(3b) In the instant action the general language of the assignment transfers "all claims, options, privileges, rights, title and interest therein and thereunder (except as provided in Paragraph C hereof)." Therefore, the assignment, by its express terms, clearly and unambiguously transfers to the creditor-assignee "all rights" of the insured except such rights as were specifically excepted in paragraph C. It is obvious that if the insured had the right to receive notices of premiums, notices of intended lapse, offers of reinstatement, such right passed by assignment to Kotler, and the insured agreed to be bound by the assignment of such rights upon its recordation at the home office. Paragraph C does not except from the broad general assignment of rights under the policy the right to receive notice of nonpayment of premiums or of lapse of the policy.
We agree with appellants' argument that if the insurer had meant to exclude from the scope of the assignment the right to receive delinquent premium notices, notices of intended lapse, or offers of reinstatement, it should have unambiguously set forth such excepted rights in paragraph C, so as to qualify the otherwise unambiguous and unconditional assignment of policy rights and privileges made pursuant to paragraph A of the assignment. Not only does paragraph C not contain any such exception, to the contrary, it expressly recognizes that even such rights as were excepted "shall in no way impair the right of the Assignee to surrender the Policy."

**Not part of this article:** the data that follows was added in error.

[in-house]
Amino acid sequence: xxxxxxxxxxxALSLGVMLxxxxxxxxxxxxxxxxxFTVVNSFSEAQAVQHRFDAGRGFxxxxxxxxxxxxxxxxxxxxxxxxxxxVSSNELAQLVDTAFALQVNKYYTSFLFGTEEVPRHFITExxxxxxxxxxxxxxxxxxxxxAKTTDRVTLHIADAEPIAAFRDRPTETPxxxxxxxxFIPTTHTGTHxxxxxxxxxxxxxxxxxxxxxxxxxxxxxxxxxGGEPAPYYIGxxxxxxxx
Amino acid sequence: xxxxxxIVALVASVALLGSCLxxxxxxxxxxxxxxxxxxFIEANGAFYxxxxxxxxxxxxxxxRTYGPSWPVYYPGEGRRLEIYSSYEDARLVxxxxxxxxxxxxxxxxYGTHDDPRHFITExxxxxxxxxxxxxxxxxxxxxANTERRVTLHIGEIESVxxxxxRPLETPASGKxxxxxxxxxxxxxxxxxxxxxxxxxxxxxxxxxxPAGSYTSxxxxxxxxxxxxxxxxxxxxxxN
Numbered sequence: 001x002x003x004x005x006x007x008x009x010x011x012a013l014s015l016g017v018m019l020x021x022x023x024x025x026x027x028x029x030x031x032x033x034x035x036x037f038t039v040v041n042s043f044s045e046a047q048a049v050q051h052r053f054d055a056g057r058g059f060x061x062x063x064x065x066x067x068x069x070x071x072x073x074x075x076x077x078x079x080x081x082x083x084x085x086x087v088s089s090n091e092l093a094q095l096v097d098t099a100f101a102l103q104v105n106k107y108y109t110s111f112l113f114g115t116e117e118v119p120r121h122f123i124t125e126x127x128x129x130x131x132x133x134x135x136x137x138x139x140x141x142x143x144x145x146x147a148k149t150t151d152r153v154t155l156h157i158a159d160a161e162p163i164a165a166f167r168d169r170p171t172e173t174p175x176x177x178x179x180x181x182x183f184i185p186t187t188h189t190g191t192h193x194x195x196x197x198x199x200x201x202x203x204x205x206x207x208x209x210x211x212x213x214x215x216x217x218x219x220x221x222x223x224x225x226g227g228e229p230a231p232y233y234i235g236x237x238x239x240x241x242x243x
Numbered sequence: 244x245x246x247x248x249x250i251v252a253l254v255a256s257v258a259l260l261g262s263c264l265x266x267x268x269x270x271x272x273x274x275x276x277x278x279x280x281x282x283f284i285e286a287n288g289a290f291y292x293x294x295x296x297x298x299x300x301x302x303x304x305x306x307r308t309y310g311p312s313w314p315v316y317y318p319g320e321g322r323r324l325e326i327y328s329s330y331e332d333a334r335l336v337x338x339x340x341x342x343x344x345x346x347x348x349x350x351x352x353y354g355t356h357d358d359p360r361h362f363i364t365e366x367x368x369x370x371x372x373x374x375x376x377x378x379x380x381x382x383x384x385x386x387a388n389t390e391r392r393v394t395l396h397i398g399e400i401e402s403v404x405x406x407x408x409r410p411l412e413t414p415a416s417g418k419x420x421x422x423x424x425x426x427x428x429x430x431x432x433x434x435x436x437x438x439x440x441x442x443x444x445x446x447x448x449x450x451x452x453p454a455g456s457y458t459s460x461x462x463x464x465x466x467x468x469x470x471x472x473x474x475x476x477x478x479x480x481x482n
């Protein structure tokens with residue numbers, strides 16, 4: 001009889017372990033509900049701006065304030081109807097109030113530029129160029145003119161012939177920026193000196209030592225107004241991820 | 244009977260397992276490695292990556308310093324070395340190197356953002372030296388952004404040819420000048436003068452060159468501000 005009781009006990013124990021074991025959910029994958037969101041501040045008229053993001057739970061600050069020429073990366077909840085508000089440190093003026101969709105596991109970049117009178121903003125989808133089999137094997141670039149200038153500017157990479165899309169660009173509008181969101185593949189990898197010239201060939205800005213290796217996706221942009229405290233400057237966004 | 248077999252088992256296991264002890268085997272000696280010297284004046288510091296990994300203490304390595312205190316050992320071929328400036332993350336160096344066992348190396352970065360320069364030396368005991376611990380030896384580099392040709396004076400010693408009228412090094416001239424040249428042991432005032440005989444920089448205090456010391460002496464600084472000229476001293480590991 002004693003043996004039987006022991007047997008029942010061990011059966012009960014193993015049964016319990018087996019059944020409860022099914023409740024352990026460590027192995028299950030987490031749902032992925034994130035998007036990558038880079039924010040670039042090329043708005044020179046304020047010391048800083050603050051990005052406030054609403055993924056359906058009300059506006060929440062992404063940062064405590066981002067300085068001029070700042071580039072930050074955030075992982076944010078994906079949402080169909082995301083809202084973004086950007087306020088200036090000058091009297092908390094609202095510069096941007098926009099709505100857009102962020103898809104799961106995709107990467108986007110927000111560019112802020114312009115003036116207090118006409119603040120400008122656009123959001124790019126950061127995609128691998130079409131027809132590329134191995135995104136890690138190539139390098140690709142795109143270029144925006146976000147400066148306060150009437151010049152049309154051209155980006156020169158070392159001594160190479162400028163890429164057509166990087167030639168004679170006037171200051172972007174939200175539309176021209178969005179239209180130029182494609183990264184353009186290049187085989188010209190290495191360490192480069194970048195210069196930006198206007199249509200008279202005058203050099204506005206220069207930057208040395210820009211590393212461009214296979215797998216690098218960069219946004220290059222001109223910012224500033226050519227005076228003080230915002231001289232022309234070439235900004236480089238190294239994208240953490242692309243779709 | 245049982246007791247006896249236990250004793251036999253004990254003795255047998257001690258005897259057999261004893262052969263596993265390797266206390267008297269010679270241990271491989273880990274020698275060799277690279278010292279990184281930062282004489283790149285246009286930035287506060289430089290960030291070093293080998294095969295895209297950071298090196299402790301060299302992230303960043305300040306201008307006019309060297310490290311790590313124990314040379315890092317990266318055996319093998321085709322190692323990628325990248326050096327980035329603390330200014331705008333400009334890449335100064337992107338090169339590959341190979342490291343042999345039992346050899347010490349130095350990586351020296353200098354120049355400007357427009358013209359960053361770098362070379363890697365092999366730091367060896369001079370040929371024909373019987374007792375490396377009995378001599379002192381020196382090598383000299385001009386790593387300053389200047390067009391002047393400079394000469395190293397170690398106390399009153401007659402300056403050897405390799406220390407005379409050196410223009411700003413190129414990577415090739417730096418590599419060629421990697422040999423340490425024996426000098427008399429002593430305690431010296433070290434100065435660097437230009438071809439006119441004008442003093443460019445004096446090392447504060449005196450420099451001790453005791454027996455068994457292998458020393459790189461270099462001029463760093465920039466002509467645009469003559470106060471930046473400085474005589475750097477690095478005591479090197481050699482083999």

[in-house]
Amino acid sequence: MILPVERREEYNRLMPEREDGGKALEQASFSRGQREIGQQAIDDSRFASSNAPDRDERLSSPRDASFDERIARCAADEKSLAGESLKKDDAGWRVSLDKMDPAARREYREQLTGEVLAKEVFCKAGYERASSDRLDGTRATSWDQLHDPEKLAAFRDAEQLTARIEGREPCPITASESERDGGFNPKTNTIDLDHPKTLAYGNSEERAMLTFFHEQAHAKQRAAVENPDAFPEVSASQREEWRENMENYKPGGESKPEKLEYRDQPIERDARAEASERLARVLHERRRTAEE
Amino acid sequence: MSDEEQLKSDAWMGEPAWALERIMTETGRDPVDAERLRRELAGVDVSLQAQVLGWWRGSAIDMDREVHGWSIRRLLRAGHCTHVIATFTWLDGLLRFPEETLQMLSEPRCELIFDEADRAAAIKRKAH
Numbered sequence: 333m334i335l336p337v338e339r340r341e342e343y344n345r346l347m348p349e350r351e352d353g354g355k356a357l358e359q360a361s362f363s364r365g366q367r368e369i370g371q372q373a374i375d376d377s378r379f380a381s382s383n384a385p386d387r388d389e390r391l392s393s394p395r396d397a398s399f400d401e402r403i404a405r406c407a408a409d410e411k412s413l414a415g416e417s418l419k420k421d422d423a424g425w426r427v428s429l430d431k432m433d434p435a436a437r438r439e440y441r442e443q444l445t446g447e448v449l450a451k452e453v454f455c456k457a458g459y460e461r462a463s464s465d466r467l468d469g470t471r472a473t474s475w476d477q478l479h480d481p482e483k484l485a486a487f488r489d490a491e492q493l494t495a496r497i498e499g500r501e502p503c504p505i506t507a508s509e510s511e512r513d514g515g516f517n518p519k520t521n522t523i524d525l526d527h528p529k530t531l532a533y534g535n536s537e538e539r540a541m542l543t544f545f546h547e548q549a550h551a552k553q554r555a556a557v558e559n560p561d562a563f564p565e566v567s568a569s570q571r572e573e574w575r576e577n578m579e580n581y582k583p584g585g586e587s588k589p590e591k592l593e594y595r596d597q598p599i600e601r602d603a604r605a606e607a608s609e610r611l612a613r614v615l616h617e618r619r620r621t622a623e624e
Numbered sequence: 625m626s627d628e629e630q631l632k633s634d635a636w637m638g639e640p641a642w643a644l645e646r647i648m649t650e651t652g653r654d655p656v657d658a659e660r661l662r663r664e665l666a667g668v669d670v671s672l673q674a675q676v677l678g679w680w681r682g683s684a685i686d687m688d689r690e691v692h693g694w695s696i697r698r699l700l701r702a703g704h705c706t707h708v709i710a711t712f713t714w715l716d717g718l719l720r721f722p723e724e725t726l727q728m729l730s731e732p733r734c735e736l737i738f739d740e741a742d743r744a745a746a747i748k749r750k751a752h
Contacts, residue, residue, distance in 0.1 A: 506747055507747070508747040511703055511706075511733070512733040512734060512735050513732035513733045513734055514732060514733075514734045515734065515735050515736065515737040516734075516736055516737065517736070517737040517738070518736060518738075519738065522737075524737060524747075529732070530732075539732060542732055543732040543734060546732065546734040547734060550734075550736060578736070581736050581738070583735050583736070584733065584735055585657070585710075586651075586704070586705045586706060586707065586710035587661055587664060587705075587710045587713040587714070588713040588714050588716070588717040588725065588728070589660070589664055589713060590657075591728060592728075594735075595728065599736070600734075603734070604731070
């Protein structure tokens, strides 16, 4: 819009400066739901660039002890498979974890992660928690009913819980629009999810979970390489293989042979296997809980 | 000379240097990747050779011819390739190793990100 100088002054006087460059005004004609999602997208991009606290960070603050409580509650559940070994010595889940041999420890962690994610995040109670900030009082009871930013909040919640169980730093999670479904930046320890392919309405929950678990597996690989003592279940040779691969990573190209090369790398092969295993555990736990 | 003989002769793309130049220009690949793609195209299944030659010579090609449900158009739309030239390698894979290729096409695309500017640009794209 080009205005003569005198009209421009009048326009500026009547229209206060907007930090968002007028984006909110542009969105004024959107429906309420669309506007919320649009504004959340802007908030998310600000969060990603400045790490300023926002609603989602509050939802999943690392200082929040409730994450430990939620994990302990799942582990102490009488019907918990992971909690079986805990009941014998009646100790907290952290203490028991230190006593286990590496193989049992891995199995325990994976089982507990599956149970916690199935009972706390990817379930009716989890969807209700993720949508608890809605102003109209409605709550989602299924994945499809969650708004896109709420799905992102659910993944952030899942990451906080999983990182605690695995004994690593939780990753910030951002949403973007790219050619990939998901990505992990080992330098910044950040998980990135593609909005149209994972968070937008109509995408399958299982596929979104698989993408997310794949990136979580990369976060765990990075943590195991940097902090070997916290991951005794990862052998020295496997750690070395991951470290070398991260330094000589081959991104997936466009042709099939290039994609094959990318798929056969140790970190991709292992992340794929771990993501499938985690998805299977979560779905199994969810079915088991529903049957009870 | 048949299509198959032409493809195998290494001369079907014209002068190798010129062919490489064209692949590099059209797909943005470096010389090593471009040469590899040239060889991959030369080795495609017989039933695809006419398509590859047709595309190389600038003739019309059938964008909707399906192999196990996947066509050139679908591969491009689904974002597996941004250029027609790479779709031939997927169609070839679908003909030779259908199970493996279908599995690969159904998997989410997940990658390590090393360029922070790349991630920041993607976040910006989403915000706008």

Section 1655 of the Civil Code provides that "[s]tipulations which are necessary to make a contract reasonable . . . are implied, in respect to matters concerning which the contract manifests no contrary intention." In Walker v. Occidental Life Ins. Co. (1967) 67 Cal.2d 518 [ 63 Cal.Rptr. 45, 432 P.2d 741], an employee under a group policy enjoyed a privilege of converting it to an individual policy within 31 days after termination of employment. He was suspended from his job in April 1961, and termination for cause was later claimed by his employer. In November of 1961, when the employee sought to exercise his conversion option, the insurer claimed that the conversion privilege had lapsed under the 31-day grace period provision. Relying on section 1655 of the Civil Code, the Supreme Court stated that the conversion privilege was a valuable property right, which would be of dubious value if the employee were not entitled to notification of an alleged termination of employment. Hence, the court held that a duty of the insurer to give timely notice should be implied in order to make the contract "reasonable." In the present case, as in Walker, Kotler owns a valuable property right in the form of an assignment. The assignment would be of dubious value if notice of policy lapse and the right to reinstatement is not extended to the assignee.